Why I run.

I need to tell you about something that is happening to me. I’m sitting here on the floor of my bedroom, still in my running clothes. My socks are still wet because we have been getting a lot rain here and that combined with the snow melt has caused the little creek that runs through town to flood. Which cut off my running path. But instead of turning around I decided to just wade through and then run the rest of the way with wet shoes.

I just ran 6.5 km. This means that in the last 8 days I have run 19.5 km. When I did the math I was annoyed I didn’t run 0.5 km further. Two days this week I woke up and decided that it was a great idea to go for a run before I went to work. Then I actually went out and ran 3-4 km, showered, and headed to work. Like an actual crazy person. Today I woke up kind of grumpy for the second day in a row. I sulked for a bit, but finally got changed, put my shoes on, and headed out into the rain and started running. Within minutes my mood had lifted. My first thought was, “Damn, does this mean that for the rest of my life I have to go for a run now when I want to be happy?” I have to say it was both an encouraging and deeply distressing thought.

So the question is. How did I get here? If you know me at all you probably know that this was (and kind of still is) me:

 

I would like to start off by saying that if you are a runner who has, at any point in the past, tried to get me to start running or to convince me that running is fun in any way, this is not a victory for you. You had nothing to do with this. Me running was a 100% internal thing and I did it IN SPITE of the fact that you tried to convince me I should love it.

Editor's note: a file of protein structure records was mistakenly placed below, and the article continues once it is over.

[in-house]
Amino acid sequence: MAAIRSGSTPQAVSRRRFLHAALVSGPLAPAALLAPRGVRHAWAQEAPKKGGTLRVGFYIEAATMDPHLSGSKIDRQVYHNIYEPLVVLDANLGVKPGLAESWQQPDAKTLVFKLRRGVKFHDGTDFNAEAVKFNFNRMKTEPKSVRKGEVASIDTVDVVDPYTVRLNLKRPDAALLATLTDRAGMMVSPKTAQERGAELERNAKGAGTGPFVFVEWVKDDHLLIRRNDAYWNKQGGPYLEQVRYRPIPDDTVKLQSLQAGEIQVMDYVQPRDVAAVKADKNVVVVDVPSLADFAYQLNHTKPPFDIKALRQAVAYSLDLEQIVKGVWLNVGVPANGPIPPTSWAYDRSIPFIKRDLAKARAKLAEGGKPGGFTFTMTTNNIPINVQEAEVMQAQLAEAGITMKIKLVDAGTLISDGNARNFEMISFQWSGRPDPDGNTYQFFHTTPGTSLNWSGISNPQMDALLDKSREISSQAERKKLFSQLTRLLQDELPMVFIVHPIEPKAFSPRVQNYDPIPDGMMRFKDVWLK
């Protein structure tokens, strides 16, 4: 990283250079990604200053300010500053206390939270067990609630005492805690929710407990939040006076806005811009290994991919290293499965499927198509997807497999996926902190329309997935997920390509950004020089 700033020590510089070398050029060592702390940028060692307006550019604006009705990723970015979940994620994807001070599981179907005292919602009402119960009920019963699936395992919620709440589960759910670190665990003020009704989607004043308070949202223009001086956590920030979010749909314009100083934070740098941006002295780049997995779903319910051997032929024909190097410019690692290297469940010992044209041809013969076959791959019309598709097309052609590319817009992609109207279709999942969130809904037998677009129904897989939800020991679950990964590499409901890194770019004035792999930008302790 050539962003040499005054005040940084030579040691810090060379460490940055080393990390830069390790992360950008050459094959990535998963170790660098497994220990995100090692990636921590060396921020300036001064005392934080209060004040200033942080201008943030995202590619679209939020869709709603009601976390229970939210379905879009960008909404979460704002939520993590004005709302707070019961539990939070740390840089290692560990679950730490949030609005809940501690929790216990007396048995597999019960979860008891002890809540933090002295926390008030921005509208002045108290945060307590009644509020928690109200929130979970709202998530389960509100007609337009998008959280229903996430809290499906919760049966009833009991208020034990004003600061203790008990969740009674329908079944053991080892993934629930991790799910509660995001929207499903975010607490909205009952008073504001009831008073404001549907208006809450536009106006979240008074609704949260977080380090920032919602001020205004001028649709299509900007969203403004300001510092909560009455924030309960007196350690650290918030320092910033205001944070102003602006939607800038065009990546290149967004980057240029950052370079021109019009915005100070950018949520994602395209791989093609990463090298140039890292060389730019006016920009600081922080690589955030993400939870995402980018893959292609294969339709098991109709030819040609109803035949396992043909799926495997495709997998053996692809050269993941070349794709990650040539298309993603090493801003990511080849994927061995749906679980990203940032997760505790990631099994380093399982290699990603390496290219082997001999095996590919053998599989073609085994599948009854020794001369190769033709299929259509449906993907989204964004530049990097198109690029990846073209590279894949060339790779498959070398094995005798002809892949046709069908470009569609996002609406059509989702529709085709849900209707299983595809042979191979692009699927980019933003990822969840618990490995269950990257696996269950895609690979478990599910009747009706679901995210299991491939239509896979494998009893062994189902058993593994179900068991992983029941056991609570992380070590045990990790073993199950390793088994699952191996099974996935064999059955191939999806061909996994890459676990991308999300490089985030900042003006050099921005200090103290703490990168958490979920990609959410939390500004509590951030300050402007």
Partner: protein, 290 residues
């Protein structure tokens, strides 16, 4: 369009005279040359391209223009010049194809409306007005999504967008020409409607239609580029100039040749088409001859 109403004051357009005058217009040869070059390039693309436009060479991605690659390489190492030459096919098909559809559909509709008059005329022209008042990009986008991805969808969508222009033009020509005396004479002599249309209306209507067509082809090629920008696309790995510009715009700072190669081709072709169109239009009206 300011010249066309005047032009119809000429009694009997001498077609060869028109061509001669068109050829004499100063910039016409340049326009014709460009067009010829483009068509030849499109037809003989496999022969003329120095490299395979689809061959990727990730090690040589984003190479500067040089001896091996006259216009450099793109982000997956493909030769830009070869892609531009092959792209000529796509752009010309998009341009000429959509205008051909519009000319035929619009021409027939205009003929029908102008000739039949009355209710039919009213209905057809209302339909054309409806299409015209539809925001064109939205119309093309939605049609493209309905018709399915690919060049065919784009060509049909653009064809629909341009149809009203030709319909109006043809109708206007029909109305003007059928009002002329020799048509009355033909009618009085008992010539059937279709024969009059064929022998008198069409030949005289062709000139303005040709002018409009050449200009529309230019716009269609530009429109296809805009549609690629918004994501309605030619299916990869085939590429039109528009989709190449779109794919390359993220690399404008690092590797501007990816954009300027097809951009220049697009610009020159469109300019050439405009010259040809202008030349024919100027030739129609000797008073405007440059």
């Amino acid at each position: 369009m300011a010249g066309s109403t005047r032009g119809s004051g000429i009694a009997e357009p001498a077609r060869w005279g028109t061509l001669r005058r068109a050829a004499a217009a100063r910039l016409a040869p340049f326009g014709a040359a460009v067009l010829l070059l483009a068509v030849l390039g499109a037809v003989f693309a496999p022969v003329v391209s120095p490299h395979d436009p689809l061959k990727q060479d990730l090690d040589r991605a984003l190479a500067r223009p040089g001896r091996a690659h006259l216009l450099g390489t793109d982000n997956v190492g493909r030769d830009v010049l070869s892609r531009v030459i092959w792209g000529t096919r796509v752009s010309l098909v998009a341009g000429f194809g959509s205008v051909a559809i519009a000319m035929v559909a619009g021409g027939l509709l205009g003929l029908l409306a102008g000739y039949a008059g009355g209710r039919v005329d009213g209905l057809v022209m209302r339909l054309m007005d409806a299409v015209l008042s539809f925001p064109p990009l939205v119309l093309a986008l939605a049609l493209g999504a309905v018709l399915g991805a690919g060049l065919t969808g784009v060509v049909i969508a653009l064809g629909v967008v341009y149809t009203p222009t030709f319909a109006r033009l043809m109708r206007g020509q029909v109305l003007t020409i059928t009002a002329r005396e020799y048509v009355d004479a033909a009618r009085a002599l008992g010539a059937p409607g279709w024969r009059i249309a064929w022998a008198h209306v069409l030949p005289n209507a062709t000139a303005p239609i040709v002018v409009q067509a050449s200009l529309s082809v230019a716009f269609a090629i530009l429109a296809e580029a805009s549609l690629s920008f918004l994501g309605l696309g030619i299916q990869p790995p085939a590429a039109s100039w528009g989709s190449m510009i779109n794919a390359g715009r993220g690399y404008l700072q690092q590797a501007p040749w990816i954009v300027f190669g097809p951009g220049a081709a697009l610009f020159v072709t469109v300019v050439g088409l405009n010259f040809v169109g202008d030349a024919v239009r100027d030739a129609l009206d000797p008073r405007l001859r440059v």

Okay. So perhaps a good place to start is why was I so against running in the first place. Easy one. This goes back to my Jr High and High School sports teams. All of my coaches and gym teachers used running as punishment. Especially my coaches. It’s not that I was against physical activity. I could run and work hard for ages if I was playing basketball or some other sport or game. But to just run, with no other goal than to run, was only ever a punishment. If we let the opposing team score too many points in our game on the weekend, we ran lines at practice on Monday. When we didn’t do a drill well enough at practice, the coach would stop and make us run suicides. One year my coach made us run the beep test at try outs and told us that if we didn’t hit a certain level we would be automatically cut from the team. Now I am not saying my coach was terrible for doing these things. Basketball players need to be fit and conditioning needed to be a part of our training, but he really did enforce the idea that running = punishment. At the time I really didn’t realize that this was the message I was absorbing, I just knew that I hated running.

So now fast forward a whole bunch of years and you find me as I was last year. An ex personal trainer with a kinesiology degree who knows a hell of a lot about exercise, who is not grossly out of shape but also not fit, who lives in a reasonably isolated little place in the mountains and has a lot of time on her hands. Over the years that have past since high school I have often wished I was into running. It seemed like a great way to stay fit and I am basically always in a state of wishing I was fitter.